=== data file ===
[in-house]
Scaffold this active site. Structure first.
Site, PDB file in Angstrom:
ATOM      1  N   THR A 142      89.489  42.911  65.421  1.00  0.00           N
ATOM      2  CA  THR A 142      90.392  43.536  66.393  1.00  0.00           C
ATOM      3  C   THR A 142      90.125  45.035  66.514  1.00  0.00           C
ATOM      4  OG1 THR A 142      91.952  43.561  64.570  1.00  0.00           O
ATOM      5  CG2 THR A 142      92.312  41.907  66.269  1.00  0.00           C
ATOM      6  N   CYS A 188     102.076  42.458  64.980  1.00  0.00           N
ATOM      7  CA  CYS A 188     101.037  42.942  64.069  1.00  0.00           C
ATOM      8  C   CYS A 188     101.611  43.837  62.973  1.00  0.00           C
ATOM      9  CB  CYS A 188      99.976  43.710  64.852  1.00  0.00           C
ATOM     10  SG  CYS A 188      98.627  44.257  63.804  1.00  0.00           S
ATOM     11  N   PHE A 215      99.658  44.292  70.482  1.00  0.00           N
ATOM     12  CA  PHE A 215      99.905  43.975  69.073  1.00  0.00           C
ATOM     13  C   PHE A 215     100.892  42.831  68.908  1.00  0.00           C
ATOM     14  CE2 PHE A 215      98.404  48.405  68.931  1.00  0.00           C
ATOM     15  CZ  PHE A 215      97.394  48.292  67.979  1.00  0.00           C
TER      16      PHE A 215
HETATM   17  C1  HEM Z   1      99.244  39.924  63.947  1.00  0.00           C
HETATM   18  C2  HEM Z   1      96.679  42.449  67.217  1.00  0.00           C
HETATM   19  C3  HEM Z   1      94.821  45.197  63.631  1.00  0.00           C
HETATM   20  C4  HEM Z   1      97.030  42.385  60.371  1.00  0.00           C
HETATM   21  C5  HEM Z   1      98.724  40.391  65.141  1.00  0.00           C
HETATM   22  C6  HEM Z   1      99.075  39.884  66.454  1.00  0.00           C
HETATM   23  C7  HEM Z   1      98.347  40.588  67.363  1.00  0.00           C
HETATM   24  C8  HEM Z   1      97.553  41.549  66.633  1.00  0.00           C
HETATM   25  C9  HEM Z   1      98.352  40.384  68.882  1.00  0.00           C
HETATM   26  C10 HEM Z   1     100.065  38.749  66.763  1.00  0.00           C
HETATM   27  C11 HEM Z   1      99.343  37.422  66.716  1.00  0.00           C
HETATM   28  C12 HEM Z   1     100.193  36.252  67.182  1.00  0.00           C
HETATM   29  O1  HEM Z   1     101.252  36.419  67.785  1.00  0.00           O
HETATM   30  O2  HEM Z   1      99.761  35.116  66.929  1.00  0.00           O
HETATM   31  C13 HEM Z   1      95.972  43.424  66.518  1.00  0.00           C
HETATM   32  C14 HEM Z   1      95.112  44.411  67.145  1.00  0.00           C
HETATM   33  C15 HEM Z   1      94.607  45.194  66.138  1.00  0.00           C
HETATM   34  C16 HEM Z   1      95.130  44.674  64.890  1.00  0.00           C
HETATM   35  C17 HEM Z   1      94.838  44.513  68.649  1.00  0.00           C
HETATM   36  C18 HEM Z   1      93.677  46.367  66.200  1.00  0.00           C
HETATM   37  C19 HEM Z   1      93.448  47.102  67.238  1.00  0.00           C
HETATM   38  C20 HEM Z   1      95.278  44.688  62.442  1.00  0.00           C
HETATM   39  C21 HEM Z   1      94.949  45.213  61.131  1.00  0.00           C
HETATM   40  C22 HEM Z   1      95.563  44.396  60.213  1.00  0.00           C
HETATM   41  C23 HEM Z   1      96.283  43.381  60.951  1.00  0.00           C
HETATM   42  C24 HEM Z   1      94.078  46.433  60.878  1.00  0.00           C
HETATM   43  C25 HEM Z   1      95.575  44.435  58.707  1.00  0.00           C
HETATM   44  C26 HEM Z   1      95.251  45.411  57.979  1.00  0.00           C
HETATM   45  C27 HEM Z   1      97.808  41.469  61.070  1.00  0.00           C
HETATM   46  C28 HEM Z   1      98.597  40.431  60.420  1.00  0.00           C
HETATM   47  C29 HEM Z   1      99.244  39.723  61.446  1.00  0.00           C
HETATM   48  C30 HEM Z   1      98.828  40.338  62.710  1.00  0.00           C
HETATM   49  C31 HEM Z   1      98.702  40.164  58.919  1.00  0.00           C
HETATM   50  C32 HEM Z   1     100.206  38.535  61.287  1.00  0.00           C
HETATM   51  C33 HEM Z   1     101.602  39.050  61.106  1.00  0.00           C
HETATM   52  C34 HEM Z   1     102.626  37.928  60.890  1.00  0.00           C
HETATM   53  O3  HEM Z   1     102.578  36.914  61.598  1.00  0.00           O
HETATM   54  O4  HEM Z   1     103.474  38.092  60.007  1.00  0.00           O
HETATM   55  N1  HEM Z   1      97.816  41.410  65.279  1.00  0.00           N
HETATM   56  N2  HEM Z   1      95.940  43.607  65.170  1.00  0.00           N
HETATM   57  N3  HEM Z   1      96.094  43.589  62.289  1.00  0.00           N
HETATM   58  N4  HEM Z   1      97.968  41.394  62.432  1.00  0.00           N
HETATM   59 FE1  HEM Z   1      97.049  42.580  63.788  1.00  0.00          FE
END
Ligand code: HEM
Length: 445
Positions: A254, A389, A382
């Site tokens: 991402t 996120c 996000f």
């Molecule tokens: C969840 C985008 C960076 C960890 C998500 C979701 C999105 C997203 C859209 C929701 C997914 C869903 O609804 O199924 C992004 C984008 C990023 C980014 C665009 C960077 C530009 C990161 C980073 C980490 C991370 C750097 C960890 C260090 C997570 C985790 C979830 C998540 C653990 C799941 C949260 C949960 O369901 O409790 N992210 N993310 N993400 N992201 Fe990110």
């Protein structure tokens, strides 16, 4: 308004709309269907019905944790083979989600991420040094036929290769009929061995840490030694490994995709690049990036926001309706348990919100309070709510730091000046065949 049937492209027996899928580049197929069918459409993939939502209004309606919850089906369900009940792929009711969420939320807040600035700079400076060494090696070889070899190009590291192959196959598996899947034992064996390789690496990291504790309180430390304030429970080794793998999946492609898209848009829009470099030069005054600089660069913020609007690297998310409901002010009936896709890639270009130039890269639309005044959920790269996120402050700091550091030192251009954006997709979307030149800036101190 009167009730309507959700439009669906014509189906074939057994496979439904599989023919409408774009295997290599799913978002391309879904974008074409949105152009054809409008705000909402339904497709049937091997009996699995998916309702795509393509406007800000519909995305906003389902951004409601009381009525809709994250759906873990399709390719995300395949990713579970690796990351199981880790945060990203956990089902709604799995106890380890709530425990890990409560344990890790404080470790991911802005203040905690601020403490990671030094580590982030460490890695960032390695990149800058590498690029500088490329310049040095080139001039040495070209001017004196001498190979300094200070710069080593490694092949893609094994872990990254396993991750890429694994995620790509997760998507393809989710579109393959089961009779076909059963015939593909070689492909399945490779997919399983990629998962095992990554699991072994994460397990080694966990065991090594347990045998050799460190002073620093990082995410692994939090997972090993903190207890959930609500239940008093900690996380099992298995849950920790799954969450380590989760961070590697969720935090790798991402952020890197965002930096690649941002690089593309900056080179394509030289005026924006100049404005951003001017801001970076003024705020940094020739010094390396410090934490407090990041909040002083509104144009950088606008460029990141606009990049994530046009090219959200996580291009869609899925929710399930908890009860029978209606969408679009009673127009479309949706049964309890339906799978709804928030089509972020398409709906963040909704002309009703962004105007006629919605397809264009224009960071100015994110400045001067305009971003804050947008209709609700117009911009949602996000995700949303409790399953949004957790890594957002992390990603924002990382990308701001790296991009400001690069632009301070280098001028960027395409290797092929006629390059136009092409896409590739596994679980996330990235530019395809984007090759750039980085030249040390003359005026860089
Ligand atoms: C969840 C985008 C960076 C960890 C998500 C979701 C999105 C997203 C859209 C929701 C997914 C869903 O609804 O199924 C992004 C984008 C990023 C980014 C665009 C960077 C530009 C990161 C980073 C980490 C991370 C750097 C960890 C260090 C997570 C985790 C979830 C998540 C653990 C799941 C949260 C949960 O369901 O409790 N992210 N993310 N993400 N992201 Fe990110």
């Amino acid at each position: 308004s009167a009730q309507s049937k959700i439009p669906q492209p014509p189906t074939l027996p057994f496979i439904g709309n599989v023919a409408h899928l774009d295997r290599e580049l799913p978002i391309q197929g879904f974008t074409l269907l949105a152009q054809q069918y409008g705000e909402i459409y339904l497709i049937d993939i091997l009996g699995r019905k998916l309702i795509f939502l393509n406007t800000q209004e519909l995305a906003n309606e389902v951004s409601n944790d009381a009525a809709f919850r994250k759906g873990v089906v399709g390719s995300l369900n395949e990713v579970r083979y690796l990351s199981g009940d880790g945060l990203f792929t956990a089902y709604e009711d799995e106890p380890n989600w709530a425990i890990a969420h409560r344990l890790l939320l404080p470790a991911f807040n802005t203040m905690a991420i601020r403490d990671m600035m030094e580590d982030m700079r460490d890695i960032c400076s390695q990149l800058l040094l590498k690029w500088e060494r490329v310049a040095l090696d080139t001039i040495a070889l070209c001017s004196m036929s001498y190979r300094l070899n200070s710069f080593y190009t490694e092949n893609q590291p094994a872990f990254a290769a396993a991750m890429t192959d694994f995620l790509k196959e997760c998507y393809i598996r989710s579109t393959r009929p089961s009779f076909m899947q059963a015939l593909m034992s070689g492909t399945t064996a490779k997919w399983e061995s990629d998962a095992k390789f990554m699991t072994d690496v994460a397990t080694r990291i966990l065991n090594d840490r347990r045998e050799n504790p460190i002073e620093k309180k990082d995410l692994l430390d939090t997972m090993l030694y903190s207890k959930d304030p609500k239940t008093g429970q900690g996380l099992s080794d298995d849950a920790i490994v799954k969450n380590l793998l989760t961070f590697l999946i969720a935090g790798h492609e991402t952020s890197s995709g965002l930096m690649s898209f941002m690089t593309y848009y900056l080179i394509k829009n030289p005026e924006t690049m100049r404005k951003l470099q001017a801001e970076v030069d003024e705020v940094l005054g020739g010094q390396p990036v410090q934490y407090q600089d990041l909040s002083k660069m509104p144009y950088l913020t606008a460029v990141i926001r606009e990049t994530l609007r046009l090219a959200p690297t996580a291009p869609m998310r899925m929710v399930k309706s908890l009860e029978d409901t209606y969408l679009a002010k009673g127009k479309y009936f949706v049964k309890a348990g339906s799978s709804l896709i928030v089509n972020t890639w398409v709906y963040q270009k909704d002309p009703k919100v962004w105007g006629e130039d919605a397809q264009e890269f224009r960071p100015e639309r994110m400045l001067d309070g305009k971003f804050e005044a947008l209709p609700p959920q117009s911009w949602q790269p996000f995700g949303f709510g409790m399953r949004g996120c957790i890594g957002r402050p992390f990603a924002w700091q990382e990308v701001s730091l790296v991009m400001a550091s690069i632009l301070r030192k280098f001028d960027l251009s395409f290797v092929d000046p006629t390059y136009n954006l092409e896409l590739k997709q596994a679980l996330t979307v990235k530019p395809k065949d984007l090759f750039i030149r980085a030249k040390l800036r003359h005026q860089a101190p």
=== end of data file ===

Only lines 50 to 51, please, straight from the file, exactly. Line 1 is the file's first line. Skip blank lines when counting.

HETATM   47  C29 HEM Z   1      99.244  39.723  61.446  1.00  0.00           C
HETATM   48  C30 HEM Z   1      98.828  40.338  62.710  1.00  0.00           C